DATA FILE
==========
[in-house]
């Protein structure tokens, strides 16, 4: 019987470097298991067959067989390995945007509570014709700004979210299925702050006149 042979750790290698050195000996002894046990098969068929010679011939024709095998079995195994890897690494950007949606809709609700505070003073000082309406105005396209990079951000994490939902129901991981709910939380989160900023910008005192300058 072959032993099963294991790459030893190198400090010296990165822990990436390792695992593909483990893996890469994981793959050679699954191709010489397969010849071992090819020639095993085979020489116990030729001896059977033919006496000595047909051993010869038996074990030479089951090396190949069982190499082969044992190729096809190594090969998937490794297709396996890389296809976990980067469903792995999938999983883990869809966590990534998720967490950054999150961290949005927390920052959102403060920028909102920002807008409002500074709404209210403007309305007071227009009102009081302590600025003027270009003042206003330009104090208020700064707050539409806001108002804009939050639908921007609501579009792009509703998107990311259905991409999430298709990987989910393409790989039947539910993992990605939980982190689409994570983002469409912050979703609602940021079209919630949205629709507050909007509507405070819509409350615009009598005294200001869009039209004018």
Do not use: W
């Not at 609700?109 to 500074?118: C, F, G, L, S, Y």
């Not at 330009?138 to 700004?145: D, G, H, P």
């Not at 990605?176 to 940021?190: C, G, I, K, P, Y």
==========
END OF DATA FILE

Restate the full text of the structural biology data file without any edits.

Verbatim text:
[in-house]
């Protein structure tokens, strides 16, 4: 019987470097298991067959067989390995945007509570014709700004979210299925702050006149 042979750790290698050195000996002894046990098969068929010679011939024709095998079995195994890897690494950007949606809709609700505070003073000082309406105005396209990079951000994490939902129901991981709910939380989160900023910008005192300058 072959032993099963294991790459030893190198400090010296990165822990990436390792695992593909483990893996890469994981793959050679699954191709010489397969010849071992090819020639095993085979020489116990030729001896059977033919006496000595047909051993010869038996074990030479089951090396190949069982190499082969044992190729096809190594090969998937490794297709396996890389296809976990980067469903792995999938999983883990869809966590990534998720967490950054999150961290949005927390920052959102403060920028909102920002807008409002500074709404209210403007309305007071227009009102009081302590600025003027270009003042206003330009104090208020700064707050539409806001108002804009939050639908921007609501579009792009509703998107990311259905991409999430298709990987989910393409790989039947539910993992990605939980982190689409994570983002469409912050979703609602940021079209919630949205629709507050909007509507405070819509409350615009009598005294200001869009039209004018």
Do not use: W
């Not at 609700?109 to 500074?118: C, F, G, L, S, Y």
């Not at 330009?138 to 700004?145: D, G, H, P």
């Not at 990605?176 to 940021?190: C, G, I, K, P, Y």